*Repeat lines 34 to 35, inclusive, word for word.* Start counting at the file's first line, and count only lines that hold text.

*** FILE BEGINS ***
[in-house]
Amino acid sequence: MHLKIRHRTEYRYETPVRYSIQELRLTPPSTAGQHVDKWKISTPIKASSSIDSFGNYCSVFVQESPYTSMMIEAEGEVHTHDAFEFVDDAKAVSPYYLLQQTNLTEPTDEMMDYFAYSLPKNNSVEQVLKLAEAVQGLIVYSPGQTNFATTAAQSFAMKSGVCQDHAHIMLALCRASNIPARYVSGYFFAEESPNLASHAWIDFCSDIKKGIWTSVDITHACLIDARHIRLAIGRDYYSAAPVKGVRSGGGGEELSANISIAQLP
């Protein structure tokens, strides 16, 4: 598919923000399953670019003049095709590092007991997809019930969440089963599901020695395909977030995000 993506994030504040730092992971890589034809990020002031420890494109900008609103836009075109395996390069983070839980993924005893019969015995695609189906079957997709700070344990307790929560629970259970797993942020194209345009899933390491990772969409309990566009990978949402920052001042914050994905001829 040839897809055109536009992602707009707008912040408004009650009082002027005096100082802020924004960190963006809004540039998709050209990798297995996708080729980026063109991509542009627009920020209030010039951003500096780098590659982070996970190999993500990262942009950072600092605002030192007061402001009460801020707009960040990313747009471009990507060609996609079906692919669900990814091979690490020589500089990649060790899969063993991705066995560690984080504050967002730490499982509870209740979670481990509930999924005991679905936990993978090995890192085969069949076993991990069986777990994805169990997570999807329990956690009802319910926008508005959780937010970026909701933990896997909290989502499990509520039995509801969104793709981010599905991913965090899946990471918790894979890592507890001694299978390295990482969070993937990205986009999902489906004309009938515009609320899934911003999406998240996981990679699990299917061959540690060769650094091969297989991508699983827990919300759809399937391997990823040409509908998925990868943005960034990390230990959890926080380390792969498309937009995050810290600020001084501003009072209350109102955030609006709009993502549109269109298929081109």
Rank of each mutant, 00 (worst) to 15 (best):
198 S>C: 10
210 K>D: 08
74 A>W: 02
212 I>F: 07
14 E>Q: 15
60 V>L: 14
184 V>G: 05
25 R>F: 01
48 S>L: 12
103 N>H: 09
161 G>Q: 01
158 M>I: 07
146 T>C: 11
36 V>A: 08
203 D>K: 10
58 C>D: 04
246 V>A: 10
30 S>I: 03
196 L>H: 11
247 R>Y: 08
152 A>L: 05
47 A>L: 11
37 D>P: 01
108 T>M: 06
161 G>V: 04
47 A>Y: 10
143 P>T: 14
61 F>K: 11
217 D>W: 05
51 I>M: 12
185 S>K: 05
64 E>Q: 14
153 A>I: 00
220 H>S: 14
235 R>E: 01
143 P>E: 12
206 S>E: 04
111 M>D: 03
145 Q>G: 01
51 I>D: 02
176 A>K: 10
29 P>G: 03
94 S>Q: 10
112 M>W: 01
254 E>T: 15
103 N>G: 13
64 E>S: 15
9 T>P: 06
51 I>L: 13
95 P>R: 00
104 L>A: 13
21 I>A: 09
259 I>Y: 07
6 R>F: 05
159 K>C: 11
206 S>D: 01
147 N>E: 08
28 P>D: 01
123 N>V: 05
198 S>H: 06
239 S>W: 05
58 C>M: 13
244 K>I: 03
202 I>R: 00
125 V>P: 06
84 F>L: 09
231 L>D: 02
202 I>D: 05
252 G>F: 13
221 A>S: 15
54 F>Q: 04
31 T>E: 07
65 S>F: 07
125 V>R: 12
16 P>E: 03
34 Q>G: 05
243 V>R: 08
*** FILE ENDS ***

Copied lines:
51 I>M: 12
185 S>K: 05